Why do you let them do it? Because those are the rules of the game. The bannking game designed by and for bankers. The stockmarket game designed by and for stockbrokers. If you don't like rules then don't use banks or stock markets.

Well, but in the USA you have no choice but to use banks. If the police find you with a significant amount of cash they will take it away from you on the assumption you are a drug dealer. They might take your house or car too but you can get those back if a jury decides you never had any drugs. They keep the money. You can only get away with not using banks if you are so poor the banks don't want you and you have to use a check-cashing place.

So why would you leave your bitcoins with a bitcoin broker?

Given what we've seen from other commodities, isn't that just asking for it?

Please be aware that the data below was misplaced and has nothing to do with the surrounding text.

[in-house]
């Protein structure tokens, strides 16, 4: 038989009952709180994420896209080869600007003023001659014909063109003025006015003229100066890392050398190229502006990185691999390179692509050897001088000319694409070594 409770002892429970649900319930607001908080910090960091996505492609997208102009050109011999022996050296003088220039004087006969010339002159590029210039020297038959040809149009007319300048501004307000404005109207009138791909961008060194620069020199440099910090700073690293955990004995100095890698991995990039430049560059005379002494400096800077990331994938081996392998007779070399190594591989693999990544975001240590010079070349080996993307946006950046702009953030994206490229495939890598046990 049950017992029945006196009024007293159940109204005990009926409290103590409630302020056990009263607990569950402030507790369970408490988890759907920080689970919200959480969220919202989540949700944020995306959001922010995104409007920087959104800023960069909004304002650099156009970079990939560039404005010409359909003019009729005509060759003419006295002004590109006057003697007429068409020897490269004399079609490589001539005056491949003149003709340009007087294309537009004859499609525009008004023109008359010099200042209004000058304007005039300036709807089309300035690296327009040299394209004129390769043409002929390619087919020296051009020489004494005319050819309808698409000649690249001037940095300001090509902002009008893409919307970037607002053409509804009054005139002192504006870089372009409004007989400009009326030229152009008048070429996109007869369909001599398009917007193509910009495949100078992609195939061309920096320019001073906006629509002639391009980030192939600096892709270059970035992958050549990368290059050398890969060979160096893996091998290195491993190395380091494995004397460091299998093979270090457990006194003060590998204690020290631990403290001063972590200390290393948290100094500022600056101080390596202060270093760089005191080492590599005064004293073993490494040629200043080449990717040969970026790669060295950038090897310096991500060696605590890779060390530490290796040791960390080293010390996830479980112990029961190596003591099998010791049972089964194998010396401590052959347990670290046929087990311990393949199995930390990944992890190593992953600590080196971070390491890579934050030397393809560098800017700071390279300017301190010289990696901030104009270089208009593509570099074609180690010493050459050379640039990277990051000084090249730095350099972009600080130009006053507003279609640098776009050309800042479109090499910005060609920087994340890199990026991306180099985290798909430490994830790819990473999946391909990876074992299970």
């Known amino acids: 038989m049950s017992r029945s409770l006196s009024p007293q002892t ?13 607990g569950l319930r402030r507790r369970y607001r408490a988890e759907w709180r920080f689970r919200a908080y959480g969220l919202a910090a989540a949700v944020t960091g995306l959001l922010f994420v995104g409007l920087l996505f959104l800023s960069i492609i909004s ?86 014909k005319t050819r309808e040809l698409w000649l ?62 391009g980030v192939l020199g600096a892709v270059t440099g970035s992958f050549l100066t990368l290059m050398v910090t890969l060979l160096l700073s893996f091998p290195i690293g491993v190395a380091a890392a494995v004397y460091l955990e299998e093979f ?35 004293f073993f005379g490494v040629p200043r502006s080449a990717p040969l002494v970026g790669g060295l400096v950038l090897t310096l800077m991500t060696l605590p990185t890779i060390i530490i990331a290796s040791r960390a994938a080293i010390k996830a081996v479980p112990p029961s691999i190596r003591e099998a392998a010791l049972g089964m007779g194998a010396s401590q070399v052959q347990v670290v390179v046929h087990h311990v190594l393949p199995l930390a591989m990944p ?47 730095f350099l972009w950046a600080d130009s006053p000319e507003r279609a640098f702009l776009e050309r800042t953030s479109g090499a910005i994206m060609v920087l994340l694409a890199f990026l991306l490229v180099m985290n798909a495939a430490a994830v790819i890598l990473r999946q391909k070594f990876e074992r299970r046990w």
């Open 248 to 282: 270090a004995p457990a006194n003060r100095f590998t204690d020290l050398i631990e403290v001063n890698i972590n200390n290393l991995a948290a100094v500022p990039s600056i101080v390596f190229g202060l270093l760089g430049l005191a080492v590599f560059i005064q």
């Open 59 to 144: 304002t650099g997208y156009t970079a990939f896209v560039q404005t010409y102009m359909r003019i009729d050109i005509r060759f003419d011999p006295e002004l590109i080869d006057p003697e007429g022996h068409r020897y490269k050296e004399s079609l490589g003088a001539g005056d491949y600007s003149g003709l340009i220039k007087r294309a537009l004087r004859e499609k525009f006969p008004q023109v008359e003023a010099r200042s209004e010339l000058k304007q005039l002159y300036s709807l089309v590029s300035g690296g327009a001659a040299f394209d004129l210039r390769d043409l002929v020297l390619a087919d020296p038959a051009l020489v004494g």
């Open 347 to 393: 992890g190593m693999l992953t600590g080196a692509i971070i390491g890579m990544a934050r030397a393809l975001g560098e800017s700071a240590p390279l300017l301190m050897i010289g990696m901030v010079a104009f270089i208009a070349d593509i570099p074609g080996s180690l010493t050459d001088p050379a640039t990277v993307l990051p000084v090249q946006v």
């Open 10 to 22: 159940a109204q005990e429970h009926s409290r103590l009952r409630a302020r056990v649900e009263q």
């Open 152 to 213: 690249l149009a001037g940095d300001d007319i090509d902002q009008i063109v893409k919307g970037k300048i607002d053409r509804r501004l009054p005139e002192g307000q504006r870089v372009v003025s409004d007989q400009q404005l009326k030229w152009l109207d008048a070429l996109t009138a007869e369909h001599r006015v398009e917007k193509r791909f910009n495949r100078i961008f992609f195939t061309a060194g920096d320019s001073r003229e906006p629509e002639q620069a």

132:

Do note that I specified _staying in_ that middle-of-the-middle-class bracket, which Baroness Thatcher most obviously did not.

I am perfectly willing to entertain the possibility of a social status construction for males in which prudent husbandry dominates. It's not the one we've got, anywhere in the anglosphere. Whereas not making mistakes gets hammered into smart little girls with great force, and on terms with no exceptions. It's not perfect, but it would be better.

133:

Banking is a vital economic function, the marriage of capital to appropriate levels of risk. Really seriously useful. There's a reason fractional reserve banking, aka borrowing from the prosperous future, is sitting there at the start of the Renaissance.

Extracting rents and instituting debt peonage are very, very bad. But they're not essential features of banking, they're just a tendency among people who are really focused on believing money is a thing.